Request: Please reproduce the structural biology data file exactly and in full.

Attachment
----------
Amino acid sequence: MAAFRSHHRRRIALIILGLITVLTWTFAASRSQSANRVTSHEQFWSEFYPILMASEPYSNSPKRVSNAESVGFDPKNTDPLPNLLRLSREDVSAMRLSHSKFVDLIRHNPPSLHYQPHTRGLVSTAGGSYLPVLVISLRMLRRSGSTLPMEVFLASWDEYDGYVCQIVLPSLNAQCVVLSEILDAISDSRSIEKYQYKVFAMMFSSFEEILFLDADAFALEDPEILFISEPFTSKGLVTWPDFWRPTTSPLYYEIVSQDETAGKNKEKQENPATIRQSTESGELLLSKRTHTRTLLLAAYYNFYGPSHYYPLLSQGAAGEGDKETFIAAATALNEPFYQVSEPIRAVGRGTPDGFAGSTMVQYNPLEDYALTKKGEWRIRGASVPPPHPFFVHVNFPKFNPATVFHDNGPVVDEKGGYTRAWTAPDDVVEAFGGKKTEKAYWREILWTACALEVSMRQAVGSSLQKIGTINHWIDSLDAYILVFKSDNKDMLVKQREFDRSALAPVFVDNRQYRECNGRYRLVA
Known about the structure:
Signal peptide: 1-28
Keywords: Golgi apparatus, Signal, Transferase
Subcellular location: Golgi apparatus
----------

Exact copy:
Amino acid sequence: MAAFRSHHRRRIALIILGLITVLTWTFAASRSQSANRVTSHEQFWSEFYPILMASEPYSNSPKRVSNAESVGFDPKNTDPLPNLLRLSREDVSAMRLSHSKFVDLIRHNPPSLHYQPHTRGLVSTAGGSYLPVLVISLRMLRRSGSTLPMEVFLASWDEYDGYVCQIVLPSLNAQCVVLSEILDAISDSRSIEKYQYKVFAMMFSSFEEILFLDADAFALEDPEILFISEPFTSKGLVTWPDFWRPTTSPLYYEIVSQDETAGKNKEKQENPATIRQSTESGELLLSKRTHTRTLLLAAYYNFYGPSHYYPLLSQGAAGEGDKETFIAAATALNEPFYQVSEPIRAVGRGTPDGFAGSTMVQYNPLEDYALTKKGEWRIRGASVPPPHPFFVHVNFPKFNPATVFHDNGPVVDEKGGYTRAWTAPDDVVEAFGGKKTEKAYWREILWTACALEVSMRQAVGSSLQKIGTINHWIDSLDAYILVFKSDNKDMLVKQREFDRSALAPVFVDNRQYRECNGRYRLVA
Known about the structure:
Signal peptide: 1-28
Keywords: Golgi apparatus, Signal, Transferase
Subcellular location: Golgi apparatus